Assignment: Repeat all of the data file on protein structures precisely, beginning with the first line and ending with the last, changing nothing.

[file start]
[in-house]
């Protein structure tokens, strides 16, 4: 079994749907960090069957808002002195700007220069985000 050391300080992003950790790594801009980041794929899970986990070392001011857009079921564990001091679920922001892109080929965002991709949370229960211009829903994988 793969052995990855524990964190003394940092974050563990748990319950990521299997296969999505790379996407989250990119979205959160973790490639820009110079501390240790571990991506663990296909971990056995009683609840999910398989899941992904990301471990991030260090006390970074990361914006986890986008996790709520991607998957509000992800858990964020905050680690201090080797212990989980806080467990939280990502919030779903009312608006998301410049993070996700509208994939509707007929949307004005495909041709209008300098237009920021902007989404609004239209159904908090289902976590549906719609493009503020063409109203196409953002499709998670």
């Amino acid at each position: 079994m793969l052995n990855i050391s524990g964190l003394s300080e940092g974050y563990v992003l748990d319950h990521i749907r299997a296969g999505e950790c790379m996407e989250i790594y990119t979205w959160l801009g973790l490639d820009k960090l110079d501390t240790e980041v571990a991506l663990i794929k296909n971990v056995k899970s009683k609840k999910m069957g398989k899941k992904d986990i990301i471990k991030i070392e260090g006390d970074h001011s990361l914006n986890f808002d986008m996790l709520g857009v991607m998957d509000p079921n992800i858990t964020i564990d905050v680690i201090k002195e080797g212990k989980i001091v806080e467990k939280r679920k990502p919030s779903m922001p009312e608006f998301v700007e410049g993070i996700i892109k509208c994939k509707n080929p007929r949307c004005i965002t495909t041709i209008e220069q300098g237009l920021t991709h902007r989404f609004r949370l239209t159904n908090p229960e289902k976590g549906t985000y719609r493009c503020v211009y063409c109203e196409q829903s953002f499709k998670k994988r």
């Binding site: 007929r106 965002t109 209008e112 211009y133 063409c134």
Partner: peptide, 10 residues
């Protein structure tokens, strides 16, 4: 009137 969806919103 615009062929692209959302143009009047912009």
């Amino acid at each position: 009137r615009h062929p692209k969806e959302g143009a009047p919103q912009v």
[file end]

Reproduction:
[in-house]
């Protein structure tokens, strides 16, 4: 079994749907960090069957808002002195700007220069985000 050391300080992003950790790594801009980041794929899970986990070392001011857009079921564990001091679920922001892109080929965002991709949370229960211009829903994988 793969052995990855524990964190003394940092974050563990748990319950990521299997296969999505790379996407989250990119979205959160973790490639820009110079501390240790571990991506663990296909971990056995009683609840999910398989899941992904990301471990991030260090006390970074990361914006986890986008996790709520991607998957509000992800858990964020905050680690201090080797212990989980806080467990939280990502919030779903009312608006998301410049993070996700509208994939509707007929949307004005495909041709209008300098237009920021902007989404609004239209159904908090289902976590549906719609493009503020063409109203196409953002499709998670």
């Amino acid at each position: 079994m793969l052995n990855i050391s524990g964190l003394s300080e940092g974050y563990v992003l748990d319950h990521i749907r299997a296969g999505e950790c790379m996407e989250i790594y990119t979205w959160l801009g973790l490639d820009k960090l110079d501390t240790e980041v571990a991506l663990i794929k296909n971990v056995k899970s009683k609840k999910m069957g398989k899941k992904d986990i990301i471990k991030i070392e260090g006390d970074h001011s990361l914006n986890f808002d986008m996790l709520g857009v991607m998957d509000p079921n992800i858990t964020i564990d905050v680690i201090k002195e080797g212990k989980i001091v806080e467990k939280r679920k990502p919030s779903m922001p009312e608006f998301v700007e410049g993070i996700i892109k509208c994939k509707n080929p007929r949307c004005i965002t495909t041709i209008e220069q300098g237009l920021t991709h902007r989404f609004r949370l239209t159904n908090p229960e289902k976590g549906t985000y719609r493009c503020v211009y063409c109203e196409q829903s953002f499709k998670k994988r």
């Binding site: 007929r106 965002t109 209008e112 211009y133 063409c134």
Partner: peptide, 10 residues
């Protein structure tokens, strides 16, 4: 009137 969806919103 615009062929692209959302143009009047912009």
């Amino acid at each position: 009137r615009h062929p692209k969806e959302g143009a009047p919103q912009v």